Lawmakers have for 50 years mostly bypassed required waiting period for implementing new laws; the provision should be amended to reflect reality

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It should be the most basic expectation that state lawmakers adhere to the state constitution. But for 50 years, the Michigan Legislature has been ignoring a constitutional provision governing how new laws take effect.

The Constitution, adopted in 1963, states clearly that laws passed by the Legislature will not take effect until 90 days after a legislative session ends.

Since sessions last two years, it's quite possible that a new law passed early in the session wouldn't go into effect until nearly two years and 90 days after it was approved.

There's an escape clause written into the Constitution allowing lawmakers to grant a law immediate effect with a super-majority vote of two-thirds of the Legislature.

Over the past 50 years, 90 percent of all laws have been given immediate effect, according to a new report from the Citizens Research Council of Michigan, a non-partisan group that examines the impact of state policy and practices.

The CRC correctly notes that lawmakers are violating the spirit of the law, if not the actual language.

While the state Senate requires a recorded vote to give a bill immediate effect, the House uses a voice vote, with the speaker using his or her discretion to determine whether the measure received the required support.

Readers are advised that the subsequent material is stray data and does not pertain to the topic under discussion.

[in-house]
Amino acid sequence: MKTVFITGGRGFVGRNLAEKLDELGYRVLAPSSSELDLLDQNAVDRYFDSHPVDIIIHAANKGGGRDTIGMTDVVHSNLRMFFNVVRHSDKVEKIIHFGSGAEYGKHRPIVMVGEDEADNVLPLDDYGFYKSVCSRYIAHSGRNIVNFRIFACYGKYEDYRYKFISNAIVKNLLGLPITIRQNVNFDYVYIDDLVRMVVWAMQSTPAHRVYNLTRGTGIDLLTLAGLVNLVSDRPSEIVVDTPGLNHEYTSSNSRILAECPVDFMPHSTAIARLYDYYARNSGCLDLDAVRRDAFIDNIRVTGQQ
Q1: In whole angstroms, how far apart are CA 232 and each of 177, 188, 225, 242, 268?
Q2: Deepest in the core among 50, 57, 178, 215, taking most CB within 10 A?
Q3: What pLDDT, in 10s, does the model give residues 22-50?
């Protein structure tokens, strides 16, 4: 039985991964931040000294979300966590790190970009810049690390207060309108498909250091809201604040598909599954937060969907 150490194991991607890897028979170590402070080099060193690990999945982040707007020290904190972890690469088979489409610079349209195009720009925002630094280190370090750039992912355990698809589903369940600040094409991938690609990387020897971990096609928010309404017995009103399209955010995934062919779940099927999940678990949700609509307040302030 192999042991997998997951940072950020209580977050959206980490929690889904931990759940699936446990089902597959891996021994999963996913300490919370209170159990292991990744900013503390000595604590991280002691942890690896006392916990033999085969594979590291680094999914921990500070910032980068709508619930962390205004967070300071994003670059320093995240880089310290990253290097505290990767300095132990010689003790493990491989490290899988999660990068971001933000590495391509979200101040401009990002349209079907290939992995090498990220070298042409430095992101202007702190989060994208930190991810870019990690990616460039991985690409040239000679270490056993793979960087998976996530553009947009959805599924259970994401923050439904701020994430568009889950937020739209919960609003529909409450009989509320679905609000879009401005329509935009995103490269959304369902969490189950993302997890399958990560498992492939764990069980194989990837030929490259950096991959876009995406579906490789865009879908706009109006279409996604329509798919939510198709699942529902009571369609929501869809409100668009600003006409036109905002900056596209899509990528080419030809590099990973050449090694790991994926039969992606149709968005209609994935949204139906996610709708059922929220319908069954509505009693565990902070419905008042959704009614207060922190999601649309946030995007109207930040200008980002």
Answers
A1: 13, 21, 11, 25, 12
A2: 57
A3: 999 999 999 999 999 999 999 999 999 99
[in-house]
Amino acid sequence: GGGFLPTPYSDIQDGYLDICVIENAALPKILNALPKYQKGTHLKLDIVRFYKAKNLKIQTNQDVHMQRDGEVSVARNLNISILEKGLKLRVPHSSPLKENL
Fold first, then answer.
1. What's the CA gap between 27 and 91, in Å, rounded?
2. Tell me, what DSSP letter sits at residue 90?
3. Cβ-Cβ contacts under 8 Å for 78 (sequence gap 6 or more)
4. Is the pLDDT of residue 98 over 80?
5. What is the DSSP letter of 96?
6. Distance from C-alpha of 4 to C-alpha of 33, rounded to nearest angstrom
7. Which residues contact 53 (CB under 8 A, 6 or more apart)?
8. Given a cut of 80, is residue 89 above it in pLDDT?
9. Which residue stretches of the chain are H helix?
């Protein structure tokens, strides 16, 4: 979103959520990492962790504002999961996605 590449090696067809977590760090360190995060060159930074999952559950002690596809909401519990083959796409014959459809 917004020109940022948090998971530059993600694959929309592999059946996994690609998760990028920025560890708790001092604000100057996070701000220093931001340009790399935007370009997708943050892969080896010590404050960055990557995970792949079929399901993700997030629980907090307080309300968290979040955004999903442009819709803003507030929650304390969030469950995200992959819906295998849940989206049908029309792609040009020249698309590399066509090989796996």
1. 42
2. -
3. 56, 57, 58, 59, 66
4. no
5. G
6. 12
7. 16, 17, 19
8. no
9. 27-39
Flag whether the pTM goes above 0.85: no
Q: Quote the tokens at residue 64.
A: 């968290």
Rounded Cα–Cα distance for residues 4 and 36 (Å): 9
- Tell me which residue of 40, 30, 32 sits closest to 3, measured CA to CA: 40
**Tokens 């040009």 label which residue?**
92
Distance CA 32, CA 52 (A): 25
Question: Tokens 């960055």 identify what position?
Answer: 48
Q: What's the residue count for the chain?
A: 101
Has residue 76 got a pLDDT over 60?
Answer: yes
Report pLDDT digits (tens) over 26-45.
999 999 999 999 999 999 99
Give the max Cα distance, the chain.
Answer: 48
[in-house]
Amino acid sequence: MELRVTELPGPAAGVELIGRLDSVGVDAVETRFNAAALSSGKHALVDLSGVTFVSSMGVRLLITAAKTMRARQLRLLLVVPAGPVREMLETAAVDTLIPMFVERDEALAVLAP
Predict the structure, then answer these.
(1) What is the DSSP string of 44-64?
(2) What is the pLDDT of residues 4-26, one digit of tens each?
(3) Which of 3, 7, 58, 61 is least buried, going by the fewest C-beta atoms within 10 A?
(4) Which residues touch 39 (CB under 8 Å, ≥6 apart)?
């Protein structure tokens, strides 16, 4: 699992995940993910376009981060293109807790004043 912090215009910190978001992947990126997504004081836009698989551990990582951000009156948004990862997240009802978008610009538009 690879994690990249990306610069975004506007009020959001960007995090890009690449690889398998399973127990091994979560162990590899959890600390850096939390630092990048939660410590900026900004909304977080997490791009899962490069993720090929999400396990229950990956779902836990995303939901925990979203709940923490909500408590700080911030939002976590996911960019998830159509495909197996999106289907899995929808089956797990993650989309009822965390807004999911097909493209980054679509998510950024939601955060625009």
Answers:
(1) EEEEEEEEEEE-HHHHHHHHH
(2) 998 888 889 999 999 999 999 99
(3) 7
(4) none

That's led to a great deal of controversy over the years and too often makes a mockery of the Constitution's super-majority requirement.

Lawmakers have good reasons for granting immediate effect. For one thing, some problems addressed by legislation have a certain urgency that can't wait until beyond the end of a session.

From a political standpoint, immediate effect allows them to appear responsive to their constituents, and that's particularly useful in advance of an election.

But drafters of the Constitution intended immediate effect to be a rare occurrence for a reason. The document also allows citizens to challenge the implementation of a new law through a petition drive.

Immediate effect impairs the ability of citizens to mount a referendum to repeal a law before it is implemented.

The CRC doesn't take a position on whether immediate effect is the right or wrong way to put a new law on the books.

It does, however, rightly recommend that the constitution should be amended to align it with common practice. Citizens deserve that clarity.

Lawmakers should put a measure on the ballot asking voters to amend the constitution to either grant all laws effective immediately after passage, or set a standard waiting period — 30, 60 or 90 days — for implementation. A reasonable waiting period, say 60 days, is the most appropriate approach.

Ignoring the Constitution is a poor practice for lawmakers sworn to uphold the law. Either obey the law, or ask voters to change it.

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